Mr. Ben

by Cliff Huntington

Ben Pearson was born in Saline County, Arkansas on November 16, 1898. Events are hazy and accounts conflicting, but it's safe to say that Ben made his first bow sometime prior to 1926, a six foot hickory patterned after the English longbow obtained from instructions on bow building in Boy Scout articles written by Uncle Dan Beard. Later, in the Boy Scouts' Merit Badge Series for Archery, he would author his own instructions with "How To Make A Flat Bow." Ben performed numerous exhibitions across America for youth and scout groups and according to a recent article by Arline Chandler, "Pearson never charged a fee for his demonstrations, nor asked for expenses."

In 1926, Ben entered the Arkansas State Championships held in Little Rock and placed next to last. It was a humbling experience for the budding archer. Determined to improve his skills, Ben worked at upgrading his equipment and learning to shoot. The next year, he once again entered the Arkansas State Championships, but this time he walked away as the Arkansas State Champion. During the next 10 years or so, Ben would become a regular fixture at target events, develop into a highly respected competitor and place seventh behind Pat Chambers during the 1938 NAA National Tournament and 24 places ahead of a young Fred Bear. Pat would later go to work for Ben in 1940 as a field man and author "Archery," the first publication issued by Pearson Archery.

After completing grammar school, Ben worked on the family farm in Lonoke county until he was drafted toward the end of WWI. The Armistice was soon signed and Ben's short lived service came to an end. Ben returned home, but the farm couldn't hold him and he moved to Little Rock. In Little Rock, Ben would land a job with the Little Rock Railway and Electric Company, move on to the Arkansas Power & Light Company and as the Depression deepened in 1931 he would take off on his own. He tried the floral business in Pine Bluff, but with little money and even less experience his venture soon collapsed and he resorted to selling caterpillar tractors for John Riggs, doing some work for Lee Woods, Inc., of Pine Bluff and producing archery equipment in his garage.

It was during this period that a chance meeting would forever change his life. It seems that Carl Haun, a retired oil man from Blackwell, Oklahoma, had purchased a bow and arrow set for his grandson. It didn't take the grandson long to lose or break all his arrows. Grandpa set about to replace the youngster's arrows but found the task more difficult than anticipated. Upon learning of Ben Pearson, Mr. Haun cranked his airplane up and flew to Pine Bluff. Soon Mr. Haun was knocking on Ben's door and Mr. Haun's arrow problems were solved. According to Roy Hoff, "That was the beginning of a great partnership little known to the user of Ben Pearson equipment. Carl listened intently as Ben explained his dream of mass producing archery tackle and became intrigued. This was still during the depression years, but evidently not in the oil business."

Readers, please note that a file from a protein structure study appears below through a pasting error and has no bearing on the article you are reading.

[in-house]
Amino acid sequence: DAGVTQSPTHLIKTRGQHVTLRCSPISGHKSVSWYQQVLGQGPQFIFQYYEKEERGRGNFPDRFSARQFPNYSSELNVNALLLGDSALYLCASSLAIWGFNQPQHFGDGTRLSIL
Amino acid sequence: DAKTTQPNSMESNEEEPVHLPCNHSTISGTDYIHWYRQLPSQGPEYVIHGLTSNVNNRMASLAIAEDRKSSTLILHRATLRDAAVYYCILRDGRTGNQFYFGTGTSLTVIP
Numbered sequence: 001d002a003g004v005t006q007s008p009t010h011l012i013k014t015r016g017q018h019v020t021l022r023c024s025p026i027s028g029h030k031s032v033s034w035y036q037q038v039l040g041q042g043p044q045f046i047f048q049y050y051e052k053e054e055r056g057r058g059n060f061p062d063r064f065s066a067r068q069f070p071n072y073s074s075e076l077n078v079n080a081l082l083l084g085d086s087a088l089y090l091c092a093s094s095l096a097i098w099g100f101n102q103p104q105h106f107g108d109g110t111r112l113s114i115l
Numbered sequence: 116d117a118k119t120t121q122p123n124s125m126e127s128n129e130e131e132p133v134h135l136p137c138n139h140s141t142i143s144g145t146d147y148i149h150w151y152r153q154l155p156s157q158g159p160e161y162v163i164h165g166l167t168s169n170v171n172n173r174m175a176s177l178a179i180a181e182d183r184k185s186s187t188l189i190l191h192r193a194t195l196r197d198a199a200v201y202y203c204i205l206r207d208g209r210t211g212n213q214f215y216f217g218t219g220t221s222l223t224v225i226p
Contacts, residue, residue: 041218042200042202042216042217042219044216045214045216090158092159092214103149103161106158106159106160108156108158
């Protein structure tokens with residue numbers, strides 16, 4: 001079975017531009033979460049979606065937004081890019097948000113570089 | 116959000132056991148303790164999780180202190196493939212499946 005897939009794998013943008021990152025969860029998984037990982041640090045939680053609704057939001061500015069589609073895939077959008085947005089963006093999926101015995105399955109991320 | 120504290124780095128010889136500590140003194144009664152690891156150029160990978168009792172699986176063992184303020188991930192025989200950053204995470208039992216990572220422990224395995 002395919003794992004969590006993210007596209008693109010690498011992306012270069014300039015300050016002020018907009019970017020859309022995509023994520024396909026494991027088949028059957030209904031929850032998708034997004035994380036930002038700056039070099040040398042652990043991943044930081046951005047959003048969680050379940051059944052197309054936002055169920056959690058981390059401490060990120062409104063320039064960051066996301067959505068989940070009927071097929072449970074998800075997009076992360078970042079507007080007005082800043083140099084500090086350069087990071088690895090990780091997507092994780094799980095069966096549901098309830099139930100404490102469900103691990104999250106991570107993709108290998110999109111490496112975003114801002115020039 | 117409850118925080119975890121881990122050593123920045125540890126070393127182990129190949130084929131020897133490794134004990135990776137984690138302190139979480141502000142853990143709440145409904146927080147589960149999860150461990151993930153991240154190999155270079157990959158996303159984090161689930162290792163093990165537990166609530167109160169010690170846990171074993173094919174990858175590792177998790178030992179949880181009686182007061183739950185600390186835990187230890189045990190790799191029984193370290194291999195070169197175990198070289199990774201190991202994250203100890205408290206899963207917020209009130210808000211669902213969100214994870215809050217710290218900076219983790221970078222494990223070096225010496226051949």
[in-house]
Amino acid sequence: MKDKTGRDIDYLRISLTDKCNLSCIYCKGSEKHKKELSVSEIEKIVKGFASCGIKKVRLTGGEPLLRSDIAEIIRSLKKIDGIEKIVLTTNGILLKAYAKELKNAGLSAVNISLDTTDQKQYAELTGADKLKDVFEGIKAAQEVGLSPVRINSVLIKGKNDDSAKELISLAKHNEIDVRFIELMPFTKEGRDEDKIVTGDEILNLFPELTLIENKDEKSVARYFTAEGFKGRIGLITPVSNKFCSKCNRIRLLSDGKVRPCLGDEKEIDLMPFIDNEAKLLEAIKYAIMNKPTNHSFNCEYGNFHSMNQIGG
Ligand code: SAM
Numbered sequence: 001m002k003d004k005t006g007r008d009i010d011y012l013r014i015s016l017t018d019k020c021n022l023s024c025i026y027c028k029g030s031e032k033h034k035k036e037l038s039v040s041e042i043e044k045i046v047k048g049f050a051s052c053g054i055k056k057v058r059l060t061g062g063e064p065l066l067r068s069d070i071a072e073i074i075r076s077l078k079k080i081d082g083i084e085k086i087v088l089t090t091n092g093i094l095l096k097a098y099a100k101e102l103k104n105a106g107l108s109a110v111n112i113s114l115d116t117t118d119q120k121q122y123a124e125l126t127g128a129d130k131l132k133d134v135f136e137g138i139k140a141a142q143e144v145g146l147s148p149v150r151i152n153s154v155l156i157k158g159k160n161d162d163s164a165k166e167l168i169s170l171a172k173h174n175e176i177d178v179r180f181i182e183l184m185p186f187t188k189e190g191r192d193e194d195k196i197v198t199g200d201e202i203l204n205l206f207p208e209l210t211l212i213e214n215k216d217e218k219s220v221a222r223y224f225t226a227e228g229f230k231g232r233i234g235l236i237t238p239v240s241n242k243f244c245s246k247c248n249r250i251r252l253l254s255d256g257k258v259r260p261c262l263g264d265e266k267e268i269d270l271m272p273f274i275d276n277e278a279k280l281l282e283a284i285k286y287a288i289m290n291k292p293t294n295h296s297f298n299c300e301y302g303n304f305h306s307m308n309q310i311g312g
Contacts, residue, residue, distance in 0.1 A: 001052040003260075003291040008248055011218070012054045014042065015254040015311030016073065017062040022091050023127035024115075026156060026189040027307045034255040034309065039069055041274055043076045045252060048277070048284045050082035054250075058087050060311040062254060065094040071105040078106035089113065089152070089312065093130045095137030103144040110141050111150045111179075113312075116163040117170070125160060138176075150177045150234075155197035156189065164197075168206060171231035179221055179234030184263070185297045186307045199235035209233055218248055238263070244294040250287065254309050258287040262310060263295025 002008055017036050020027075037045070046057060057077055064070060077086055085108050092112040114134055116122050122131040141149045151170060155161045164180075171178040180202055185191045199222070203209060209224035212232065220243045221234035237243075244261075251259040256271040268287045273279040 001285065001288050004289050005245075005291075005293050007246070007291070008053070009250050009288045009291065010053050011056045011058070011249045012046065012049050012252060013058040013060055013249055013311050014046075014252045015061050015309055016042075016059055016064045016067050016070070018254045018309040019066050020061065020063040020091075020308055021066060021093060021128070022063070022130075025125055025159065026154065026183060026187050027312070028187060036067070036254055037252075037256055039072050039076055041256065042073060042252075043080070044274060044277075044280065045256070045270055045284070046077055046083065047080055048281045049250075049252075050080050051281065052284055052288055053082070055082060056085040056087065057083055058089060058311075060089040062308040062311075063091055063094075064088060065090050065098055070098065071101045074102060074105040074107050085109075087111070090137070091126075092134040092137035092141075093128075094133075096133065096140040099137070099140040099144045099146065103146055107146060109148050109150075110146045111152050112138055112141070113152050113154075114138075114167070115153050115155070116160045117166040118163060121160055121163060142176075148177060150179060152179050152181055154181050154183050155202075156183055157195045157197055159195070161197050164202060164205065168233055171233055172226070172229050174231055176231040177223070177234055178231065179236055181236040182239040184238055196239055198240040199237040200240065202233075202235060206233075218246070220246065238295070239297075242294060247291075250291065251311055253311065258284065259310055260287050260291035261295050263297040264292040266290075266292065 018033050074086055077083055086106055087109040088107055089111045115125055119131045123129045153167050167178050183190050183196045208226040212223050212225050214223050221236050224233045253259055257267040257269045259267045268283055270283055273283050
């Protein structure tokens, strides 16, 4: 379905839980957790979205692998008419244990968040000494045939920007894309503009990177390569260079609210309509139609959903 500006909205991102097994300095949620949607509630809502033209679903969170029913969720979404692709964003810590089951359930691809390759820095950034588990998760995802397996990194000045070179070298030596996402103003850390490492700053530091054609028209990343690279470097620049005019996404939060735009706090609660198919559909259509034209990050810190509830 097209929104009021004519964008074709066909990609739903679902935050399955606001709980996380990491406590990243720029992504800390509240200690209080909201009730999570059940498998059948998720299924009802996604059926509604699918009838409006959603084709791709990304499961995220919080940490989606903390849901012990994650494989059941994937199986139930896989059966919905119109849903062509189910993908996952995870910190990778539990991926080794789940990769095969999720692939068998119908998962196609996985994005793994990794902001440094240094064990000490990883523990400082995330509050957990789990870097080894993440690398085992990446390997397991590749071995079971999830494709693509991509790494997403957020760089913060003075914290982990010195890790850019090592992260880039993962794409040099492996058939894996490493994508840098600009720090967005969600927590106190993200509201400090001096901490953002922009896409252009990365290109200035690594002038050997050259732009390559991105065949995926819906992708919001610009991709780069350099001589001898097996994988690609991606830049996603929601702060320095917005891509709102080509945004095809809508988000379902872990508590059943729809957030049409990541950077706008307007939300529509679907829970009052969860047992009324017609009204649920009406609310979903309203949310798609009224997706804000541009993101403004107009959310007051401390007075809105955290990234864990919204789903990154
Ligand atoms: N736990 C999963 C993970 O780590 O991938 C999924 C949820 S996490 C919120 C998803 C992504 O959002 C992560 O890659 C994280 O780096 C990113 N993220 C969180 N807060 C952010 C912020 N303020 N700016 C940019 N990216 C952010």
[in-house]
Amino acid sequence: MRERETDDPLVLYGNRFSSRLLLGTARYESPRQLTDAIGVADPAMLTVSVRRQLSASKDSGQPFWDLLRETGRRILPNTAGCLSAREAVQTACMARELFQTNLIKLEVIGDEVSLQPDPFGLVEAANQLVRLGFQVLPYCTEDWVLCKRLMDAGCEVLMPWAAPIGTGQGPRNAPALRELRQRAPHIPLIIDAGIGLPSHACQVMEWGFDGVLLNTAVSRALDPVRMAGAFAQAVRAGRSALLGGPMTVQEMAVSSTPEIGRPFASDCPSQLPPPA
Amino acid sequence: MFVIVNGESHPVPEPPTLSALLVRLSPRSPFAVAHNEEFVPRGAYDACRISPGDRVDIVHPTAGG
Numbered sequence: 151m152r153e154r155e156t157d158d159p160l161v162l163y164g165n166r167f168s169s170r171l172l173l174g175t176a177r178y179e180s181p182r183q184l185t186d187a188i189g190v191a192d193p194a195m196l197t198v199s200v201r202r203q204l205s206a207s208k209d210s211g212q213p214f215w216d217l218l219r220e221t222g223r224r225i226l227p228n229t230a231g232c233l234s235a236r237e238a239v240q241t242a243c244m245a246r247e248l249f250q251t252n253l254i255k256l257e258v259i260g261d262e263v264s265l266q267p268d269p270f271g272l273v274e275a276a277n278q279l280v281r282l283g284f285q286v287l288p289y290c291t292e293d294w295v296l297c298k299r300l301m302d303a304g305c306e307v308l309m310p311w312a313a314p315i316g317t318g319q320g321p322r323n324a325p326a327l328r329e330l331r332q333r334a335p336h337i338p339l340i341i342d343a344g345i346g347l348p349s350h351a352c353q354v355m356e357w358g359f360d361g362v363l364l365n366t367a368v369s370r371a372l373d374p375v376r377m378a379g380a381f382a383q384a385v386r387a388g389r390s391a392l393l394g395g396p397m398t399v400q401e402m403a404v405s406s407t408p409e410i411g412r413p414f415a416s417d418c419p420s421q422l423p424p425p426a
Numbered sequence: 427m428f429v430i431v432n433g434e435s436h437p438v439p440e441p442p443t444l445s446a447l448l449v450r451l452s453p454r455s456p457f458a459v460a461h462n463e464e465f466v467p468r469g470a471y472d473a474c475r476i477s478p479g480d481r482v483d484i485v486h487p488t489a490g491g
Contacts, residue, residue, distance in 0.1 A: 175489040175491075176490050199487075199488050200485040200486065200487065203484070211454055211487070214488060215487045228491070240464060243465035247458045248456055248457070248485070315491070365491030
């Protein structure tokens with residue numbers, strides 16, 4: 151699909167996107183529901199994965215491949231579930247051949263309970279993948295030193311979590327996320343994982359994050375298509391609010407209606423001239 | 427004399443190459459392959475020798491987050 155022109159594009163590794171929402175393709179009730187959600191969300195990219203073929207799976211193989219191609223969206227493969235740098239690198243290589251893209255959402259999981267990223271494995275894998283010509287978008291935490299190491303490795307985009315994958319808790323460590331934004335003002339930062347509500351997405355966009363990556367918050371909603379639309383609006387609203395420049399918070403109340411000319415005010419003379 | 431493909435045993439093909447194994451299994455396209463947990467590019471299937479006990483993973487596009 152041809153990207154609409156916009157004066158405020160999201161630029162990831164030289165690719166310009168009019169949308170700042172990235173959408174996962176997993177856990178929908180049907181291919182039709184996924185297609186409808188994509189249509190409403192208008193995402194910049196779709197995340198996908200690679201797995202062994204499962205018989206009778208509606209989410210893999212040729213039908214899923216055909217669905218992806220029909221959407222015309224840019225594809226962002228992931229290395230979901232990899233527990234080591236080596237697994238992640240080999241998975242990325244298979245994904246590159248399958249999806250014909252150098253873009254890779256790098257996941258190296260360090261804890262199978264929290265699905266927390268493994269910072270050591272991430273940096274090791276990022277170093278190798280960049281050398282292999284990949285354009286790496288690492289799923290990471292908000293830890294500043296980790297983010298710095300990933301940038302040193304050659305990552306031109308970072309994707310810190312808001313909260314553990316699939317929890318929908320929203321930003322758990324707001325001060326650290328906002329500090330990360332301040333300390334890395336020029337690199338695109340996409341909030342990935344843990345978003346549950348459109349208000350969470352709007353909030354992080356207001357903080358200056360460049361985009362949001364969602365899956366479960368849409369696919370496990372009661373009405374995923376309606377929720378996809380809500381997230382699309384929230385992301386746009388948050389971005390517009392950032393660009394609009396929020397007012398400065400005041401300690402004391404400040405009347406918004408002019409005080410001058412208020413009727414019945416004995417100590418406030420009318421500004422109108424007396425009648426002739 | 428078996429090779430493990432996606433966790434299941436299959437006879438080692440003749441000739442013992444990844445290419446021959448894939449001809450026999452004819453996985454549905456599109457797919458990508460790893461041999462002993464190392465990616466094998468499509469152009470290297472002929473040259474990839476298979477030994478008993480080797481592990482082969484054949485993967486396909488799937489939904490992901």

Ben later commented on the meeting. "He was tickled to death to find some arrows for his grandson. So, Mr. Haun invited me to `go for a walk'. He said he wanted to look for some For Sale signs. He took a dim view of mass production in a backyard garage. We came upon an old sorghum mill with a For Sale sign on it." At that moment Carl Haun's financial support and Ben Pearson's mechanical knowledge were joined, forming Ben Pearson Company. Ben Pearson Company would later lay claim to being "the world's greatest mass-producing archery tackle manufacturer."

Ben Pearson retired from the archery manufacturing business in 1967 and passed away four years later on March 2, 1971 at age 72, after revolutionizing the manufacturing of archery tackle, providing quality, functional equipment well within the means of the average person. He left a legacy in the "Bushmaster" and the unsurpassed "Deadhead." He left another in Longbow, a 400 acre retreat near Prim, Arkansas, now restored by his son Ben, Jr. in tribute to his father and those who stalked the hills before him. His presence is still felt there in his get-away cabin. The cabin provides an awesome view of a waterfall cascading off a rock bluff into the blue-green pool below.

For those who would like to visit Longbow and experience it's spell, arrangements may be made by contacting: Ben & Paulette Pearson, P. O. Box 66, Prim, Arkansas. 72130; phone: 870-948-2362.

history menu
Hunting with the Bow - Will Thompson
The Clout Shoot
Horace Ford - Britains Greatest Archer
The Glory Years
Bill Sweetland
Thoughts on...
The Three Merry Bowmen
Ben Pearson
Sasha Siemel - "Tiger Man"
The Trinity
The history of Roving
Maurice Thompson, The Early Years
Maurice Thompson - The War Years
Maurice Thompson - The Sylvan Years
Maurice Thompson, - The Final Years
Howard Hill
Dr. Saxton Pope
Art Young
Will Compton

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